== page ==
15 car games to get your child classroom ready

Games that develop your child’s awareness of sounds (phonological awareness), listening and memory skills are essential to prepare them for learning in the classroom, and are a great way to beat car time boredom. These games are especially helpful if you suspect your child may have a specific learning difficulty. Here are some suggestions:

  1. Play I spy – this develops the child’s ability to isolate the initial sound in a word.
  2. Play a variation – I spy something that is… give a colour – this game teaches colour names, attention and listening skills.
  3. Play I can hear with my little ear – participants name as many different sounds as possible, until they’re out of suggestions. This teaches listening and concentration skills.
  4. Sing nursery rhymes – nursery rhymes teach children about rhyming patterns in words, an essential skill for learning to read.
  5. Play I went to market – Each player says “I went to the market and bought a…”. Every subsequent player must recall the list already named, then add their own. This game develops attention and memory skills. You can play lots of variations to make it harder or easier, such as making each item start with the next letter of the alphabet
  6. Play first letter, last letter. Pick a category of the child’s interest, say racing. Each person has to think of a word starting with the last letter of the previous player’s word. For example, car, road, driver.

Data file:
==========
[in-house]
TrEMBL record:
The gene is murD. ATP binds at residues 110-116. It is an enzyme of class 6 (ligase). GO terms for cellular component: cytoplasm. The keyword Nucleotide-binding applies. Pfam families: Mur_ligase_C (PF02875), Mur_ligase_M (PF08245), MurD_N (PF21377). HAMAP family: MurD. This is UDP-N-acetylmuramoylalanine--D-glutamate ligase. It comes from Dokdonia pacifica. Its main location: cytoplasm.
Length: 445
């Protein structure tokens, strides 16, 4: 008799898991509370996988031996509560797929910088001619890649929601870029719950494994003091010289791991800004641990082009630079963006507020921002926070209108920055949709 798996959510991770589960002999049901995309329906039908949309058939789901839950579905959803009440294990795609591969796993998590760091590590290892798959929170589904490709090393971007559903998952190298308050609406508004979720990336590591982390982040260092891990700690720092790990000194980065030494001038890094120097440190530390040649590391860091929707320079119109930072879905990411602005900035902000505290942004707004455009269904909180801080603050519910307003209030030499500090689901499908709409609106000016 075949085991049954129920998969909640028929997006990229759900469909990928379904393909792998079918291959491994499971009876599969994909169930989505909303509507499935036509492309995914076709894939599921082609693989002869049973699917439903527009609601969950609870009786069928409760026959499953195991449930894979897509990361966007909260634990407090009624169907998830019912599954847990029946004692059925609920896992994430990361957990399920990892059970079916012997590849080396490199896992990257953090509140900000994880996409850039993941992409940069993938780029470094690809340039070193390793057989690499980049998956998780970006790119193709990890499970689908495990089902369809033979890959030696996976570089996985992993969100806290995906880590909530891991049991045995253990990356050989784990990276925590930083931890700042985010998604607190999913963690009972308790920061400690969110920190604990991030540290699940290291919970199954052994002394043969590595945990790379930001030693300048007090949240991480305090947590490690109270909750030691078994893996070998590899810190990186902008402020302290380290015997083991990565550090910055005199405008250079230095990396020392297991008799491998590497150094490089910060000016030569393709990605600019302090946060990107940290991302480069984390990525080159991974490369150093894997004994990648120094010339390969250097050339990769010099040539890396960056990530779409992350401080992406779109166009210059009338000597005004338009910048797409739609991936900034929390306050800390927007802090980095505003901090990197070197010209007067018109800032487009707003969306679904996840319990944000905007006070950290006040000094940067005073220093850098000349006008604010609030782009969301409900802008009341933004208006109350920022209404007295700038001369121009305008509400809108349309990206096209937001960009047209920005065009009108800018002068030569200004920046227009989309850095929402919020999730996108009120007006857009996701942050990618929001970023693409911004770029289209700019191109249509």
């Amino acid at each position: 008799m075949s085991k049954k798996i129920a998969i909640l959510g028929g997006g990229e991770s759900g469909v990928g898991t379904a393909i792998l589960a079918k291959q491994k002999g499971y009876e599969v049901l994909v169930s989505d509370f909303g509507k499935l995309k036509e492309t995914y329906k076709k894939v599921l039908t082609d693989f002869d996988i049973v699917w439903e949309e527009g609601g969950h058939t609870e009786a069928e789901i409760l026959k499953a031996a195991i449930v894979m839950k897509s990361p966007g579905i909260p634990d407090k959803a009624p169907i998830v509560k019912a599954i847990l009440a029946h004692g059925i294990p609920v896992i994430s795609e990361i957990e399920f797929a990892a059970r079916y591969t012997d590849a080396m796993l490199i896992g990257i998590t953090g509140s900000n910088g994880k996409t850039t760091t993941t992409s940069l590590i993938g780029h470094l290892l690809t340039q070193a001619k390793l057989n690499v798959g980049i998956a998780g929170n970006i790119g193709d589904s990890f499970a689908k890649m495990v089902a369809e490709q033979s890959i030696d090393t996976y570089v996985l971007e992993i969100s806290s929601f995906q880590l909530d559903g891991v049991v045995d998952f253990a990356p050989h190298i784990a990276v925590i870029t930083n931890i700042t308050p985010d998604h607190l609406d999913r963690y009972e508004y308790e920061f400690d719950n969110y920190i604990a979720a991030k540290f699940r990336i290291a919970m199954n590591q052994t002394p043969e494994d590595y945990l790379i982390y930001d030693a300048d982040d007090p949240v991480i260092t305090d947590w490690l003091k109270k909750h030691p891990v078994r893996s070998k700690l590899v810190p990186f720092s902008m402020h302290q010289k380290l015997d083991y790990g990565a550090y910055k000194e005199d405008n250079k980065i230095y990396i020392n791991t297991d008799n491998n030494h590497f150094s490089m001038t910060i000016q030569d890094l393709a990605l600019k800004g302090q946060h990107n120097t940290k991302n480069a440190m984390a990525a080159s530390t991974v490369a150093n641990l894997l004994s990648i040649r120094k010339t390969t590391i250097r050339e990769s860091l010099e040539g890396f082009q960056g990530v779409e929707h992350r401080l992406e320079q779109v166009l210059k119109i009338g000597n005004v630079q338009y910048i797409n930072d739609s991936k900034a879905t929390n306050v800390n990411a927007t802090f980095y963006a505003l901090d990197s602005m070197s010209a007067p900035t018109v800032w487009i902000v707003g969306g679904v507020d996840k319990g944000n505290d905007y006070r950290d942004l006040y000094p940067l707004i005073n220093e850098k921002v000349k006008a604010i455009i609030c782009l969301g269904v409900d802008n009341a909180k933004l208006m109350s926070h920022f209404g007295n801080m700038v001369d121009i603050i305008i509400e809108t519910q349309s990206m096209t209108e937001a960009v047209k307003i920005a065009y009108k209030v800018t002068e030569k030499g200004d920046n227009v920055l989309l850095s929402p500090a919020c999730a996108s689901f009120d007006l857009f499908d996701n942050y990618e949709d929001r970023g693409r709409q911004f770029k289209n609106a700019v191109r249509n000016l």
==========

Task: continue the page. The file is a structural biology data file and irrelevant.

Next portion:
7. Clap along to music – this activity teaches children about rhythm.
  8. Listen to audio books. Pause occasionally to discuss what’s happening – teaches vocabulary, written sentence structure and listening skills, which are underlying language skills used for reading comprehension.
  9. Speak like a robot, and count the syllables – see who can find the most words with a given number of syllables – learning to detect syllables in spoken words is an underlying skill for learning to read and spell.
  10. Play Simon says – Simon says develops attention and listening skills.
  11. Odd one out – give a list of items (start with 3) that belong to a category, and ask your child to say which is the odd one out. Have them explain their choice.
  12. Guess what it is – give a list of clues about a particular item, animal etc. For example, it’s got spots, it can run fast, it lives in Africa. The first person to guess what it is gets to give the next set of clues.
  13. Describe a simple picture to your child, one line at a time, without letting them see it. For example, put a large, upside down, half circle at the top of the page. From the left side, draw a line going straight down to the bottom of the page. When done, see if the drawing resembles the original picture. This game can be quite funny as each participant’s drawings are often very different. This teaches directional language, attention and listening skills, and develops working memory, which is needed to follow multistep instructions. If they’re able, allow your child to give the instructions while you draw.
  14. Practice and create tongue twisters. This teaches alliteration, a very helpful phonological awareness skill
  15. Create rhyming chains – start with a one syllable word, then take it in turns to name as many words as possible that rhyme with it. For very young children, you may choose to allow nonsense words. Once the chain is broken, start a new rhyme chain.

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